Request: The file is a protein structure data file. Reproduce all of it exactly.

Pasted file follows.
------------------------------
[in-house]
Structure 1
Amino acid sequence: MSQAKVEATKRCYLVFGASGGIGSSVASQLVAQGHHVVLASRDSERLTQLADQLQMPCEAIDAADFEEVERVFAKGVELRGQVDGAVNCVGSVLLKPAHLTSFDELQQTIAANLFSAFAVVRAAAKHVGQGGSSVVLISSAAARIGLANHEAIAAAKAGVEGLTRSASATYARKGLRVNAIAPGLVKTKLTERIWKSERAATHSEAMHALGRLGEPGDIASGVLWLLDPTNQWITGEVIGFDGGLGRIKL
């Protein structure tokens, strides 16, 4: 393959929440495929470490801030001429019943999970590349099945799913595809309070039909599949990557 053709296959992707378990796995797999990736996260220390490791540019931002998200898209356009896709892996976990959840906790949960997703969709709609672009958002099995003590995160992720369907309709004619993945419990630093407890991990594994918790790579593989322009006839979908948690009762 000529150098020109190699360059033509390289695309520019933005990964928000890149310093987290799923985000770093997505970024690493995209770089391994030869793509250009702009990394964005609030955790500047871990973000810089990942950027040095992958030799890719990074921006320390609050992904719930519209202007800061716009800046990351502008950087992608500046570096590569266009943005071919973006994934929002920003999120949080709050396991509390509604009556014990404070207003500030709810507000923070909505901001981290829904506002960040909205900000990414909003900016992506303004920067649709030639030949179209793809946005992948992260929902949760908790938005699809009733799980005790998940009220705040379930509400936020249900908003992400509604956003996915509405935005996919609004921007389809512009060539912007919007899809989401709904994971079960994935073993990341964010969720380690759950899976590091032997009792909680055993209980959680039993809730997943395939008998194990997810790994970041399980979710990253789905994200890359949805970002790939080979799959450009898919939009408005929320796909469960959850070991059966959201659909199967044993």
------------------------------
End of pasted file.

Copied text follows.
[in-house]
Structure 1
Amino acid sequence: MSQAKVEATKRCYLVFGASGGIGSSVASQLVAQGHHVVLASRDSERLTQLADQLQMPCEAIDAADFEEVERVFAKGVELRGQVDGAVNCVGSVLLKPAHLTSFDELQQTIAANLFSAFAVVRAAAKHVGQGGSSVVLISSAAARIGLANHEAIAAAKAGVEGLTRSASATYARKGLRVNAIAPGLVKTKLTERIWKSERAATHSEAMHALGRLGEPGDIASGVLWLLDPTNQWITGEVIGFDGGLGRIKL
């Protein structure tokens, strides 16, 4: 393959929440495929470490801030001429019943999970590349099945799913595809309070039909599949990557 053709296959992707378990796995797999990736996260220390490791540019931002998200898209356009896709892996976990959840906790949960997703969709709609672009958002099995003590995160992720369907309709004619993945419990630093407890991990594994918790790579593989322009006839979908948690009762 000529150098020109190699360059033509390289695309520019933005990964928000890149310093987290799923985000770093997505970024690493995209770089391994030869793509250009702009990394964005609030955790500047871990973000810089990942950027040095992958030799890719990074921006320390609050992904719930519209202007800061716009800046990351502008950087992608500046570096590569266009943005071919973006994934929002920003999120949080709050396991509390509604009556014990404070207003500030709810507000923070909505901001981290829904506002960040909205900000990414909003900016992506303004920067649709030639030949179209793809946005992948992260929902949760908790938005699809009733799980005790998940009220705040379930509400936020249900908003992400509604956003996915509405935005996919609004921007389809512009060539912007919007899809989401709904994971079960994935073993990341964010969720380690759950899976590091032997009792909680055993209980959680039993809730997943395939008998194990997810790994970041399980979710990253789905994200890359949805970002790939080979799959450009898919939009408005929320796909469960959850070991059966959201659909199967044993």